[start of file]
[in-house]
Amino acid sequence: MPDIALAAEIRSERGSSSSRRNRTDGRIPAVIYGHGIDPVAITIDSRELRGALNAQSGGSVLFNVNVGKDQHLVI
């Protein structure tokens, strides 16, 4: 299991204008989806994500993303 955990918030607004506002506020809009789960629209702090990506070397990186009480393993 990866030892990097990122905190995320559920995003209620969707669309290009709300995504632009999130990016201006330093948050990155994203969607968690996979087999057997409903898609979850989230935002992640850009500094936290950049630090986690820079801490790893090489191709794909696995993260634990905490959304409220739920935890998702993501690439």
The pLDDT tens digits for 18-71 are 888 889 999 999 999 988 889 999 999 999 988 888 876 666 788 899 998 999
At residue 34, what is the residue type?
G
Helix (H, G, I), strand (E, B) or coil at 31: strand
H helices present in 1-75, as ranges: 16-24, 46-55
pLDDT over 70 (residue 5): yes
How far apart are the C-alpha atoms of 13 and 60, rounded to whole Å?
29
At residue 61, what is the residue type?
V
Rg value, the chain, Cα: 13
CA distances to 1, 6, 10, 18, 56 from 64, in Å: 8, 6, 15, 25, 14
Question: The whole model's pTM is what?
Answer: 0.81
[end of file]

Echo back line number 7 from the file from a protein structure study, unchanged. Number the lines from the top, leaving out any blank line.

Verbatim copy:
Helix (H, G, I), strand (E, B) or coil at 31: strand